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RE: [PrimeNumbers] A new proposition

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  • Didier van der Straten
    Allow me to add something here to underscore a close relationship between those searches of polynomials tending to generate high density of primes and
    Message 1 of 5 , Dec 21, 2003
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      Allow me to add something here to underscore a close relationship between
      those searches of polynomials
      tending to generate high density of primes and observations I suggested as
      explanation of the Ulam's spiral
      phenomenon :

      For instance the polynom n^2 + n + k, depending on the value of k (odd), can
      generate infinite series of numbers that are not
      divisible by a range of primes (not necessarily consecutive). The most
      prominent example is n^2 + n + 41
      which is not divisible by any prime from 2 to 37, which is enough to
      increase the prime density for this series
      by a factor of about 6.

      More reading on my pages at

      Appreciate any feedback.

      -----Message d'origine-----
      De : mikeoakes2@... [mailto:mikeoakes2@...]
      Envoye : samedi 20 decembre 2003 19:31
      A : primenumbers@yahoogroups.com
      Objet : Re: [PrimeNumbers] A new proposition

      In a message dated 19/12/03 16:52:47 GMT Standard Time,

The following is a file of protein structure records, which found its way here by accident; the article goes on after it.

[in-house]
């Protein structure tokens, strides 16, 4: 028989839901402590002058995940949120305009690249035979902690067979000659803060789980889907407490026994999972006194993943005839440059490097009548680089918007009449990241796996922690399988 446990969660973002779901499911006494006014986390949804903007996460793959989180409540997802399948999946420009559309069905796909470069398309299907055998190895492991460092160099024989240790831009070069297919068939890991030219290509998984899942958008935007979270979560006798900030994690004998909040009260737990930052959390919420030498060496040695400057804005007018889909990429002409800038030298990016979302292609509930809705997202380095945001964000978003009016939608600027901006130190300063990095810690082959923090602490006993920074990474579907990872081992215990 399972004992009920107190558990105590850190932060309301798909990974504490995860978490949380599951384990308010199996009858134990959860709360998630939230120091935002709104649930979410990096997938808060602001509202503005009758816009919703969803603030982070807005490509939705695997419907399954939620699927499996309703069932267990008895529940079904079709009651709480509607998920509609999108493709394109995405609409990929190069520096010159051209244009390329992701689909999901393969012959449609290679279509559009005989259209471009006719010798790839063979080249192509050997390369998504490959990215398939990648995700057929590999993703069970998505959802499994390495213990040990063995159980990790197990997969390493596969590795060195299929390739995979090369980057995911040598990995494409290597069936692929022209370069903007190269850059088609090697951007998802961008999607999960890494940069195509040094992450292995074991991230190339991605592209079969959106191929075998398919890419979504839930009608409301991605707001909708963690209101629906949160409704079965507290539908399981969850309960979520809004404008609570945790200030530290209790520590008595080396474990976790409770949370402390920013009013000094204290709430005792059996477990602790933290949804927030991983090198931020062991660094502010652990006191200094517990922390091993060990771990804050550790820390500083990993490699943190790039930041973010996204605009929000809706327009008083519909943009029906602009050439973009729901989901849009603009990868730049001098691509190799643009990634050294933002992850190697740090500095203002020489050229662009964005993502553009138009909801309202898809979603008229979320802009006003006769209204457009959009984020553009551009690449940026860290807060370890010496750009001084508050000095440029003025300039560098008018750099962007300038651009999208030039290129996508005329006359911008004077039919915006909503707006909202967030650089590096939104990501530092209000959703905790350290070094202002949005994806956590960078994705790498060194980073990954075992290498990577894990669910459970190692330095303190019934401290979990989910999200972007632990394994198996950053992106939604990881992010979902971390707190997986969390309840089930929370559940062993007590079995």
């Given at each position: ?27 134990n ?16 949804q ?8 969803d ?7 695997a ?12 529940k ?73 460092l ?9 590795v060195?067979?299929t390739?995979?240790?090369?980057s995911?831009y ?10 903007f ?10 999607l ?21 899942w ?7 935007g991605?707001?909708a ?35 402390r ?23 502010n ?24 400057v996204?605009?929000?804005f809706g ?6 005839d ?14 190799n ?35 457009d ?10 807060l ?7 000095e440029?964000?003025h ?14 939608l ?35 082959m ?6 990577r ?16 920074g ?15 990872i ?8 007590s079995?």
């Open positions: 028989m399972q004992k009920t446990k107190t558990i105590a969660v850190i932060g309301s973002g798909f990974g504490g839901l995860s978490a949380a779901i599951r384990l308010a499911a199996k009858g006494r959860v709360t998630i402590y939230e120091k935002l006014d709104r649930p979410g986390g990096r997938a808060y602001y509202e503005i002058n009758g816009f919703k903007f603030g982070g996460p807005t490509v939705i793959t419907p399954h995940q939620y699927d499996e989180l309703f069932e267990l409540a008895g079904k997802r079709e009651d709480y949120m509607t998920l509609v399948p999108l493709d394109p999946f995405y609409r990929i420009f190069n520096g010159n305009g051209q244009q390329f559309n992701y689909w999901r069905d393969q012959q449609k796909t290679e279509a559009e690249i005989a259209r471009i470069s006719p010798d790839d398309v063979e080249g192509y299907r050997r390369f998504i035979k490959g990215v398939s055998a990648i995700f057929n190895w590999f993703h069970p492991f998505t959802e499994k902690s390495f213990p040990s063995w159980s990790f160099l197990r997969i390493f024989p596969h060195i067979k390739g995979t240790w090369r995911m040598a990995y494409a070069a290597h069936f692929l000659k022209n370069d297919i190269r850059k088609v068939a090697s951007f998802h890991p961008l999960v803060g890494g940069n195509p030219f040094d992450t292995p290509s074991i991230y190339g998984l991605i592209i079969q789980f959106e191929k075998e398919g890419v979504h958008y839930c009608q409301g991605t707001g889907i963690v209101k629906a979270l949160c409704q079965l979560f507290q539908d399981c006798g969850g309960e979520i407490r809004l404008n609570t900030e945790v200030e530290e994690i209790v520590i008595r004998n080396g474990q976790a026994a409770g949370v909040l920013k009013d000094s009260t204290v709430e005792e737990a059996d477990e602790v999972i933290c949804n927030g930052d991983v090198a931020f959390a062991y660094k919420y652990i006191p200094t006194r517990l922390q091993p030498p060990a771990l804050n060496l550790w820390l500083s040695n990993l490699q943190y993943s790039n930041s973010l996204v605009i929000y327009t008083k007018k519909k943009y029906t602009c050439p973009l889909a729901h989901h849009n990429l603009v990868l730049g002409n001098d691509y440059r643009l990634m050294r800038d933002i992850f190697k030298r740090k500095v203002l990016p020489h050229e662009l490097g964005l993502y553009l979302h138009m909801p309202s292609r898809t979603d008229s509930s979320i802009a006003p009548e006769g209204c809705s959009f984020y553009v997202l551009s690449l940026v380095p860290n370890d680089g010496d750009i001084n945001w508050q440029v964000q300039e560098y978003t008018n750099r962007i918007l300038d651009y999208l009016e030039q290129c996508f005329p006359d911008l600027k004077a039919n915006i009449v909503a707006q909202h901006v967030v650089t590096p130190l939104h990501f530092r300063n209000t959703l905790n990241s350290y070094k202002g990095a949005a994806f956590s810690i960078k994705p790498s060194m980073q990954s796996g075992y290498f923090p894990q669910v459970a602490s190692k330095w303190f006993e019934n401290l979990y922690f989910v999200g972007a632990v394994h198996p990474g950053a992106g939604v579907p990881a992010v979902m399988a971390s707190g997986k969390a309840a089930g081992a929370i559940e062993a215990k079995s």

decio@... writes:

      > I'd say this is another example of the law of small numbers. I performed a
      > computation with PARI/GP with l,m,n taking all prime values up to 5000,
      > meaning about 300 million numbers were tested for primality. My script did
      > check for trivial cases (i.e. gcd(l,m,n) != 1) since there are so few of
      > anyway. The result was that only 14.36% of numbers of that form are prime.
      > doesn't seem particularly deserving of notice to me.
      > I'll let Paul Leyland and Mike Oakes chime in with the theory now (:

      (How flattering to be asked:-)

      I think all that's going on is the following:-

      If l = m, G = m*(m+2n) i.e. G is composite; so l, m, n should be distinct

      G mod n = l*m <> 0, so n does not divide G; and similarly l, m.

      If d is any factor of (l+m), then d cannot be l or m,
      so d does not divide l*m, and so does not divide G;
      and similarly for any factor of (m+n) or (l+n).

      So, by construction, G is free of any factors of l, m, n, (l+m), (l+n),

      [This explains why the first factor of Suresh's counterexample is 19.]

      But that is probably /all/ that this construction guarantees: the removal of
      a handful from the (as l, m, n increase in magnitude) very large number of
      potential factors; so one would not expect any spectacular asymptotic
      in the probability of G being prime relative to the probability of an
      arbitrary number of that magnitude being prime.

      The simpler formula H(m) = 2*m+1 gives a 2-fold enhancement in the
      probability of H being prime.
      Suresh's would seem to be of the same type.

      [These comments are only my 2c, rather than "theory"...]

      -Mike Oakes

      [Non-text portions of this message have been removed]

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